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The North Carolina Symphony's 2017/18 Classical Series season concludes May 18 and 19
The conclusion of the North Carolina Symphony's regular 2017-18 season, titled "A Hero's Life," was a fitting end to another great season. Consisting of just two monumental works by Arnold Schönberg and Richard Strauss, the program showcased the Symphony's ability to dazzle with technical prowess while keeping the highest level of emotional sensitivity. With Grant Llewellyn at the helm, this seemed effortless.
The program's title comes from the nickname of Strauss' Ein Heldenleben, but the pre-intermission selection of Schönberg's Verklärte Nacht (Transfigured Night) for string orchestra was just as compelling. It is worth noting, that the two works were composed and premiered only years apart, since these two composers were contemporaries of one another. Verklärte Nacht was originally composed as chamber music for a string sextet; NCS of course played the orchestral revision of 1943. However, having been composed first in 1899, the work does not bear the atonal serialism that characterizes Schönberg's later works. It is mostly tonal, yet pushes the limits through chromaticism and unpredictable cadences. A baton-less Llewellyn led with appropriately smooth gestures, personifying the undulating texture of the strings; these were the ripples of moonlight described in Dehmel's poem of the same title, which this work brings to life. Fantastic recurring solos from the first viola illustrated the gentle dialogue between a man and woman in the story. Several impossibly high but well-tuned violin chords led their way to the peaceful closing, sounding just like ethereal vibrations of "singing" glass.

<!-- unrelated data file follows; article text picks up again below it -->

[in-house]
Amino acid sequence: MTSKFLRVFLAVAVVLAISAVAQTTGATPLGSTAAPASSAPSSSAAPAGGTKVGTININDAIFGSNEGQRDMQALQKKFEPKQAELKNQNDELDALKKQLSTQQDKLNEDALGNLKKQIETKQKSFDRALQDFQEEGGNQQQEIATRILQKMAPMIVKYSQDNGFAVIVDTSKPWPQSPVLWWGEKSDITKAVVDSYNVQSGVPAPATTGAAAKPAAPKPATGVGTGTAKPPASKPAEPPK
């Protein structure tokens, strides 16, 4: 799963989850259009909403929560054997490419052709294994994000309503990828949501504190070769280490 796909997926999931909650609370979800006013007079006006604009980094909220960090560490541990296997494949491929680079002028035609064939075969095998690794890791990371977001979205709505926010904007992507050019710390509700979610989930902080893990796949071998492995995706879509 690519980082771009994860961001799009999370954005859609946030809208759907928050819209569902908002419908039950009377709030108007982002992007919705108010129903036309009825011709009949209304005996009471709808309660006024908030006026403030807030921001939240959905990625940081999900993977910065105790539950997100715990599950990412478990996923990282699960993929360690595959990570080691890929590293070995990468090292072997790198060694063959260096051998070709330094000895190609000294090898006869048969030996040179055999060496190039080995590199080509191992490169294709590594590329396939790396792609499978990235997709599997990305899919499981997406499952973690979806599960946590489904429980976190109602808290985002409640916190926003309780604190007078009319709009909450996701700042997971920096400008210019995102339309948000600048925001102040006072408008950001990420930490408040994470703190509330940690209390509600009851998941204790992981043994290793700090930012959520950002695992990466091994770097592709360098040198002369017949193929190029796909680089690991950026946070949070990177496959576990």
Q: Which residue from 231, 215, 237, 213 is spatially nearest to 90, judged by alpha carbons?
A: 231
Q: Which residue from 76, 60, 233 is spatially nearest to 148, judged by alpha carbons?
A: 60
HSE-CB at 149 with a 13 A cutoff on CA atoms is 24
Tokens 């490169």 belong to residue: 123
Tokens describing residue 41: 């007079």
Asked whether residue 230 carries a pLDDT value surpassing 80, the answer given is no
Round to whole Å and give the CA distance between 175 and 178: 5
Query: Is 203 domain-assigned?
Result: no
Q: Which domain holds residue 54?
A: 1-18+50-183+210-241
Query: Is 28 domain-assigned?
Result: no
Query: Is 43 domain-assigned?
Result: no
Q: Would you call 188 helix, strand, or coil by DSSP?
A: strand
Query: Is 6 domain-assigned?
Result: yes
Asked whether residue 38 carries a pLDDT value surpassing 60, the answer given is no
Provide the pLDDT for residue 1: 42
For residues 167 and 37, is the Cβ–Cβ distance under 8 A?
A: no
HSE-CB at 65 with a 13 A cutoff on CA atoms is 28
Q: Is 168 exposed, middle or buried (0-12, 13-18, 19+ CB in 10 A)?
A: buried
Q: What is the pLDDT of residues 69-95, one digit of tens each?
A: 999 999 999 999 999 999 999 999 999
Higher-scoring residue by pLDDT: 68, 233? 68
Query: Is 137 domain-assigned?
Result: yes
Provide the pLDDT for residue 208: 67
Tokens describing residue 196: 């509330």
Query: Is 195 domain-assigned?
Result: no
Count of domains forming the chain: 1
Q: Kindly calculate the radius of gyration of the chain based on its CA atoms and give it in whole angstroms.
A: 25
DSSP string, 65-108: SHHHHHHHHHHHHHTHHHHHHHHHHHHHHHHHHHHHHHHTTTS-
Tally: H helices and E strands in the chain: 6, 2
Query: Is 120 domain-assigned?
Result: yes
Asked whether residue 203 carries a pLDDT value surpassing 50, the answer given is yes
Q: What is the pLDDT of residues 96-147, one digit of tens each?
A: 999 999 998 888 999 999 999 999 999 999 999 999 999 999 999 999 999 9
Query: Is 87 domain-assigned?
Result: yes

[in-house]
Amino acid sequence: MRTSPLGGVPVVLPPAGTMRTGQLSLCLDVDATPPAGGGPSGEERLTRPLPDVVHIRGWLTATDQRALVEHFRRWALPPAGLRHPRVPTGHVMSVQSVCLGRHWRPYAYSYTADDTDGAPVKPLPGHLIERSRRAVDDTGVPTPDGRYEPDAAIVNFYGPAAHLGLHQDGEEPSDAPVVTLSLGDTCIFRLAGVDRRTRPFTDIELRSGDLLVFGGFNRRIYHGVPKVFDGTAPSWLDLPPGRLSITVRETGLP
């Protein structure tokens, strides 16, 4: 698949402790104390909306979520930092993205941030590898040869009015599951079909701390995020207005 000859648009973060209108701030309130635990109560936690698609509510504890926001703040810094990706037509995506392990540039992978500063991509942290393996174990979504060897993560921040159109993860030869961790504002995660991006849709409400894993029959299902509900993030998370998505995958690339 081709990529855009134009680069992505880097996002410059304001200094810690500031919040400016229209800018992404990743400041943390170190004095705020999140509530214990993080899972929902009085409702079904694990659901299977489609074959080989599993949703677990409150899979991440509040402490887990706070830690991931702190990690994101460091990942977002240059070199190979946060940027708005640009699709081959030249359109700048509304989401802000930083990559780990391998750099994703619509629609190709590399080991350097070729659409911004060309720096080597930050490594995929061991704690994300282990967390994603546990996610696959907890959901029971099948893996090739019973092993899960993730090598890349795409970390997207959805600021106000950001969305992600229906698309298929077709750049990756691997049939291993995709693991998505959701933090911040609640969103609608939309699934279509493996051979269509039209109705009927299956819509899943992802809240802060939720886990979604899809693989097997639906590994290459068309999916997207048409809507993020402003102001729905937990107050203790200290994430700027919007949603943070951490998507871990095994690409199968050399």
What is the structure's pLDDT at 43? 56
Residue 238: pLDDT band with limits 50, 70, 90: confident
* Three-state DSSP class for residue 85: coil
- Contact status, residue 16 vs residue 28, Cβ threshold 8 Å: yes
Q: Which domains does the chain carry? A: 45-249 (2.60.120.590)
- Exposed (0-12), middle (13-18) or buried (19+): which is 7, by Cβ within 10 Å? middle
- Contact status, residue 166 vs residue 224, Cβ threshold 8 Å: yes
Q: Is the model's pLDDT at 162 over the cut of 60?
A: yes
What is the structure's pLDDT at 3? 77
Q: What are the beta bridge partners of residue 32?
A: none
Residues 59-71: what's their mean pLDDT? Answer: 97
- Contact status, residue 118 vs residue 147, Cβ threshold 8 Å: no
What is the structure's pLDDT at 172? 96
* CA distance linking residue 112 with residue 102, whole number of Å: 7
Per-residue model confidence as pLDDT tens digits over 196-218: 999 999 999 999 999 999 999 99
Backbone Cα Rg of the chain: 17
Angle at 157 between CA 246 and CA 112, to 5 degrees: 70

While Schönberg's work was a little programmatic, the tone poem Ein Heldenleben consists of six clearly named "chapters." Although the hero is unnamed, aspects of the work are considered to be autobiographical. Part of what makes this work so special is its showcasing of all sections of the orchestra in the best way possible. There are clearly defined characters that run throughout all sections: the hero, of course, is an agile brass-led theme; the hero's critics are quibbling, leaping woodwinds; and the hero's companion/lover is represented by a capricious, unpredictable single violin. NCS concertmaster Brian Reagin brought this latter character to life magnificently. His cadenzas in section three ("The Courtship") seemed effortless and natural – no easy feat with such demanding and ever-changing passages – which Strauss wrote to portray his multi-faceted wife.
Repeated trumpet fanfare in the latter three sections depict conflict and war, but are soon quickly overcome by the hero's theme on the battlefield. This march is intense and unrelenting, yet marked with poignant pauses where just enough time is given to let the sound die away. The work ends with an unlikely duet between concertmaster and first horn, leading to a content, peaceful cadence from the brass and woodwinds, signifying that all is well within the hero.
Although this concert concludes the Symphony's regular season, stay tuned for the Summerfest Series, opening on May 26.
This performance repeats Saturday, May 19. See our sidebar for details.